The British economy has confounded sceptics and City forecasters again by registering another surprisingly strong growth figure, while the Standard & Poor's credit rating agency raised its outlook for the UK from "negative" to "stable".
Against expectations that the economy would expand by 0.4 per cent over the period from July to September, the Office for National Statistics announced GDP growth of 0.8 per cent. That echoes the surprise announcement earlier this year of 1.2 per cent growth over the second quarter, and brings the total growth this year to 1.7 per cent – higher than most estimates for total growth this year. But the economy has still only made up about half the ground lost during the recession; some 2.8 per cent of the 6.5 per cent lost in total.
The news will lessen the chances that the Bank of England will need to embark on a further early round of quantitative easing (QE), injecting money into the economy, which had been expected next month. Sterling rose, gilt prices fell and their yields went up, all reflecting the likely postponement of the next round of QE.
However, most observers still expect the spending cuts and tax changes to slow the economy down in 2011, and that the Bank will in due course return to QE. Andrew Sentance, a member of the Bank's Monetary Policy Committee, is maintaining his support for a tightening of policy: "I'm in favour of gradually moving interest rates up from their very low level, which I think can be done without disrupting business and consumer confidence."
On expanding QE, Mr Sentance added: "It seems to be to be taking economic policy in the wrong direction. We've seen with the figures today that growth is reasonably healthy, and inflation is running above target. Those are all signs that, if anything, monetary policy should be beginning to reduce the stimulus, not add to it."
The national statisticians took the highly unusual step of stressing how freakish winter weather has distorted the figures. The ONS said: "Allowing for the recovery in the second quarter following the bad weather at the start of the year, the underlying growth in the third quarter is broadly similar to that in the second quarter."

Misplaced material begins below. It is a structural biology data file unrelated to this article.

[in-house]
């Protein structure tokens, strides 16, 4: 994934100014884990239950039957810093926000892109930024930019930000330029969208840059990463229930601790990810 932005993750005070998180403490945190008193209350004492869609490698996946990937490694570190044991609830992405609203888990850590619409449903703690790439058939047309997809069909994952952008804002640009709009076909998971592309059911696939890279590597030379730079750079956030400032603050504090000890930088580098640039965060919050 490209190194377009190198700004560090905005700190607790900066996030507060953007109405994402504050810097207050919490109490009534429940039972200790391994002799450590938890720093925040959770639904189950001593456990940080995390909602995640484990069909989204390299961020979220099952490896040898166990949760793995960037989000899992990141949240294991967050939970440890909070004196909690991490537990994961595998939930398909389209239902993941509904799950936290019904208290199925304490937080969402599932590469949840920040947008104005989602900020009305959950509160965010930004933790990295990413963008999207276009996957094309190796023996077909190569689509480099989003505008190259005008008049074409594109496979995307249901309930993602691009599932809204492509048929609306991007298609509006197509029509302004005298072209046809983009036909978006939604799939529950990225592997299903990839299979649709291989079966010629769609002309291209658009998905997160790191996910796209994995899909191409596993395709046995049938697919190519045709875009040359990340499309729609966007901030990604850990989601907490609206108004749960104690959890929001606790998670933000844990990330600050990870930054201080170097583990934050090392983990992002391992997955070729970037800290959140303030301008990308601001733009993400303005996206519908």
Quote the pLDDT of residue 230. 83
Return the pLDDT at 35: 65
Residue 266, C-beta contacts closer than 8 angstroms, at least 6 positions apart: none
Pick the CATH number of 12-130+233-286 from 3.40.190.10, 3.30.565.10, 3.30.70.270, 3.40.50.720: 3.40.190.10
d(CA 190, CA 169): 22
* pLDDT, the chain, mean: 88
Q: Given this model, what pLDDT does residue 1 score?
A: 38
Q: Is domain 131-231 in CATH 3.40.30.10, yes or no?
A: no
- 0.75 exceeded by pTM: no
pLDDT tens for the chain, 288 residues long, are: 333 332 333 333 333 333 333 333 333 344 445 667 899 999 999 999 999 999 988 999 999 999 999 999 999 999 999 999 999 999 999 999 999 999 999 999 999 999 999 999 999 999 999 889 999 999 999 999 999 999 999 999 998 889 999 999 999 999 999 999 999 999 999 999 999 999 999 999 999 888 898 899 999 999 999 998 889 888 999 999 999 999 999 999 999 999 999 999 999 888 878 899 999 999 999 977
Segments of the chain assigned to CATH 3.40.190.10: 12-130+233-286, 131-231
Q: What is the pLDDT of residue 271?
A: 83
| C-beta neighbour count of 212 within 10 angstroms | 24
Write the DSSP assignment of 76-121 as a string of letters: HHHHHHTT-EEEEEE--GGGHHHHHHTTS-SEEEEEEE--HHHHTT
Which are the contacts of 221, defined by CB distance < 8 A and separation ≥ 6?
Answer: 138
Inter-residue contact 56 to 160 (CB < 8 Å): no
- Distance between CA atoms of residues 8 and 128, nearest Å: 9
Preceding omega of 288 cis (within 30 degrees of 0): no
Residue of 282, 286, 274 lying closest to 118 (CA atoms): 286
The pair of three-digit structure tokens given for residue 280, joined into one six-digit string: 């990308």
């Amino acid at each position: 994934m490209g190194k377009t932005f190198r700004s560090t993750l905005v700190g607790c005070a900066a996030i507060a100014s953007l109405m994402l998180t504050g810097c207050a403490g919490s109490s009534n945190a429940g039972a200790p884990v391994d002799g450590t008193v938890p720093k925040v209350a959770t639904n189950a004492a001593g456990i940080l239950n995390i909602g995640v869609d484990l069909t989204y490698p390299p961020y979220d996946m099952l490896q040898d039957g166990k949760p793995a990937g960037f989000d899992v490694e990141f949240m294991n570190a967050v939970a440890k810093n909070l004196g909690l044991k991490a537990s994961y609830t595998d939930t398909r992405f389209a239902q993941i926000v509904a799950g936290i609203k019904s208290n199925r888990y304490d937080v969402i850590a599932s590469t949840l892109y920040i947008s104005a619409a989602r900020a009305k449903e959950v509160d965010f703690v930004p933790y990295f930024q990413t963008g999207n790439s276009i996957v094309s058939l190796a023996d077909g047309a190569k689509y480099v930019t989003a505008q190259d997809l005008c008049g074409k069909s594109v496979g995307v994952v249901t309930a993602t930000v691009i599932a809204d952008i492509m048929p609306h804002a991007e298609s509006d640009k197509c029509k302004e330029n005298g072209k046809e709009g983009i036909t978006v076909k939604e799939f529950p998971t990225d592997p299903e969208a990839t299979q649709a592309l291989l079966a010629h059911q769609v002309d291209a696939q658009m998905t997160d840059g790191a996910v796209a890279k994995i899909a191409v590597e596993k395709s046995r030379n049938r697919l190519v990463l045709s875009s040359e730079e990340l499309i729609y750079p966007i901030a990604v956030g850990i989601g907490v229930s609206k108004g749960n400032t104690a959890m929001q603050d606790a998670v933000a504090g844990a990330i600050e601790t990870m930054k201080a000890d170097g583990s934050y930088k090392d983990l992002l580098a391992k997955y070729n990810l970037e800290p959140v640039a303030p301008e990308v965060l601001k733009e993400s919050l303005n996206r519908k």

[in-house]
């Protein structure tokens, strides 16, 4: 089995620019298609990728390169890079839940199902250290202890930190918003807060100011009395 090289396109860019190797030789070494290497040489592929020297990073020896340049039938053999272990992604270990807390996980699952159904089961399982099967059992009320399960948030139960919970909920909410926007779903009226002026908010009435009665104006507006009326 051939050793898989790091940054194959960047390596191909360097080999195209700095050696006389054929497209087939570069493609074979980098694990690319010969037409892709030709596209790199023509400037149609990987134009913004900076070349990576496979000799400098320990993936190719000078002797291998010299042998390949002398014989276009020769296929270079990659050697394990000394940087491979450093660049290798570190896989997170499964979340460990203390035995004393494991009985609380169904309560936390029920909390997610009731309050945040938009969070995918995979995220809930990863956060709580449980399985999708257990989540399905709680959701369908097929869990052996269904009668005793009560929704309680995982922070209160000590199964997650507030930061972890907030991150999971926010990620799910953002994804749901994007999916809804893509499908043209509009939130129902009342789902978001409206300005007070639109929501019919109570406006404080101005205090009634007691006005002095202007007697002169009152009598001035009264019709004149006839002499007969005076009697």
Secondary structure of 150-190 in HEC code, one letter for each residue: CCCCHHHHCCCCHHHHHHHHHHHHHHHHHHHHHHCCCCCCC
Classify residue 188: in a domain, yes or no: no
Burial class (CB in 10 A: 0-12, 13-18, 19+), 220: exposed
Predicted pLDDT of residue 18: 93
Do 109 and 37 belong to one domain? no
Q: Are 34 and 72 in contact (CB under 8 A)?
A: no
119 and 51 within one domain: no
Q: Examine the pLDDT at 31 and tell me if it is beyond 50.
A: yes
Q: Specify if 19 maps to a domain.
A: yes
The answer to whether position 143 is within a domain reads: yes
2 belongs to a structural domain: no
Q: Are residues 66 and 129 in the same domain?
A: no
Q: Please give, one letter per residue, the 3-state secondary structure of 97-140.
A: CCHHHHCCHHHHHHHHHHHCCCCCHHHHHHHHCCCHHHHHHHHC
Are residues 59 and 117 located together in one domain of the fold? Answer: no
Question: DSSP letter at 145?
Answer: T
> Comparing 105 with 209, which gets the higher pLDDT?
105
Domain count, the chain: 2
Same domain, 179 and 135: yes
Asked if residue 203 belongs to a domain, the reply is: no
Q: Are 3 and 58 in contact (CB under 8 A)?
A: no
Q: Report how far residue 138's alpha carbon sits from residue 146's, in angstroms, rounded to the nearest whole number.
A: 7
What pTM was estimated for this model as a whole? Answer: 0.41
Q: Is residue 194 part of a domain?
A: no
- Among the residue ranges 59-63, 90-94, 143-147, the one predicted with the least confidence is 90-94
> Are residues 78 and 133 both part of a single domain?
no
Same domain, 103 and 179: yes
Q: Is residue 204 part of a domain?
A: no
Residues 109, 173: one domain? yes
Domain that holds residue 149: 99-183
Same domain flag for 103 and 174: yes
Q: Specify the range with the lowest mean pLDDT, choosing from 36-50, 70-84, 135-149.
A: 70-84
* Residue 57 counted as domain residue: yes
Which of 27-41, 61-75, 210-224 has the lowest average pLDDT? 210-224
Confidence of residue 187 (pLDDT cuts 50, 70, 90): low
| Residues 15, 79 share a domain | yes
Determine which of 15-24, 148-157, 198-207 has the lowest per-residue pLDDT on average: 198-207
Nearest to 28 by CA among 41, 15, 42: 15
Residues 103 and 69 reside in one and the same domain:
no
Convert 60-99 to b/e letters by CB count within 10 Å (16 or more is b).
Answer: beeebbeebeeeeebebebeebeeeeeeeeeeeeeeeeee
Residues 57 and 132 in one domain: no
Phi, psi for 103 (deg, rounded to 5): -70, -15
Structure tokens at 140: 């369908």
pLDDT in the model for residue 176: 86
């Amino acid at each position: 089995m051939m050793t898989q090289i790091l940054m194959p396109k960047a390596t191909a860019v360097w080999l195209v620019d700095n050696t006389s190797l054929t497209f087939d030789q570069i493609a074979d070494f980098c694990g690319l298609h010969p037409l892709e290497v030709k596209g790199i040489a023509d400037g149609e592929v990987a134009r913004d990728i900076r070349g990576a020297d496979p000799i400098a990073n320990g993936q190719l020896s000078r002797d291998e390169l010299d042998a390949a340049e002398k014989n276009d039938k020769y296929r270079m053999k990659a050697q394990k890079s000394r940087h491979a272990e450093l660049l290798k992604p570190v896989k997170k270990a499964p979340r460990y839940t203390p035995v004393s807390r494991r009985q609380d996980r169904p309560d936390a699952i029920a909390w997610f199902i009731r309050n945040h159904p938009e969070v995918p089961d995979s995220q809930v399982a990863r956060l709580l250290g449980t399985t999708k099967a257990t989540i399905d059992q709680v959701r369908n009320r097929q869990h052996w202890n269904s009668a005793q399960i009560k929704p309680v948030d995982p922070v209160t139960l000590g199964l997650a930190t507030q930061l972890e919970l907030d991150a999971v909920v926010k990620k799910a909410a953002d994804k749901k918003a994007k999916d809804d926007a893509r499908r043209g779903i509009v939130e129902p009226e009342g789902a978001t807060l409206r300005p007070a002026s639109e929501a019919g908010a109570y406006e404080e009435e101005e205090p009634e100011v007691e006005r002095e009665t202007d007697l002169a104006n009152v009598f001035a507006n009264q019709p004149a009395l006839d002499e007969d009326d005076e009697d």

One of the largest contributions to the growth figure came from the construction sector, which accounted for a quarter of the new growth, despite representing only 6 per cent of the economy. On an annualised basis, activity in the building trade is up 16 per cent, though from a depressed base.
Otherwise, business services, especially in telecoms and in computer support did exceptionally well, as did road haulage and the retail trade. Banking and other financial services were less strong. The Engineering Employers' Federation pointed out that manufacturing in the UK had enjoyed its best 12 months since 1994, boosted by exports, though they warn that the nation "can't take growth for granted".
Nonetheless, economists say that the cuts in public spending and tax hikes announced by the Government – including a rise in VAT to 20 per cent in January – will make their presence felt as 2011 goes on.
David Kern, the chief economist at the British Chambers of Commerce, added: "The MPC must persevere with expansionary policies and reject any thought of early interest rate increases. Whilst it may be reluctant to increase its QE programme in November, such a step must remain under active consideration." Standard & Poor's said: "The completion of the Spending Review reduces uncertainties about political resolve to tackle the challenges resulting from the structural deterioration in public finances."Reuse content